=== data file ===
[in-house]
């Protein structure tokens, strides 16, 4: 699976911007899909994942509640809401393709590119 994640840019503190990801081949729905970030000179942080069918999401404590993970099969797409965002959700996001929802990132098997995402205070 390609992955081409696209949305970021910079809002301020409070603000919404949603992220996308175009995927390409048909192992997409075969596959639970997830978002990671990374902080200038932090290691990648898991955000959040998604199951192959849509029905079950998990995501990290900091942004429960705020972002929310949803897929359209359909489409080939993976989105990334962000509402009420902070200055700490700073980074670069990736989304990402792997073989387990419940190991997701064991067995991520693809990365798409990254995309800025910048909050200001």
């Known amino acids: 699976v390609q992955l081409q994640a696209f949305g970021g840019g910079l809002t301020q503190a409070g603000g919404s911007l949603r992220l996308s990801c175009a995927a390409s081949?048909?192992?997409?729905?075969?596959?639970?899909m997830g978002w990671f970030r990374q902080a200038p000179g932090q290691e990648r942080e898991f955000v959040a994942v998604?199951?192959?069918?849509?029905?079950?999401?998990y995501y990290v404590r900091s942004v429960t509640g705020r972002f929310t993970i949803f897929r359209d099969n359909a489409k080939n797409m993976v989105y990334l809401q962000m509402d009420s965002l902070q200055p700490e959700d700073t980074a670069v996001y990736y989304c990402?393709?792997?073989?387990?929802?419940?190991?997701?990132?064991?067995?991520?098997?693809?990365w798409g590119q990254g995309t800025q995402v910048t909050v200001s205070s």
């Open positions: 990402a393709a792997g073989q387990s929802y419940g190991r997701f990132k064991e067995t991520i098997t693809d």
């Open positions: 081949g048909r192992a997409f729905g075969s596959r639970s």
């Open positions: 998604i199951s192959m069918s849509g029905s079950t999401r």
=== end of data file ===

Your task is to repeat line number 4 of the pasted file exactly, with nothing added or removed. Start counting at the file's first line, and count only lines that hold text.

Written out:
């Open positions: 990402a393709a792997g073989q387990s929802y419940g190991r997701f990132k064991e067995t991520i098997t693809d």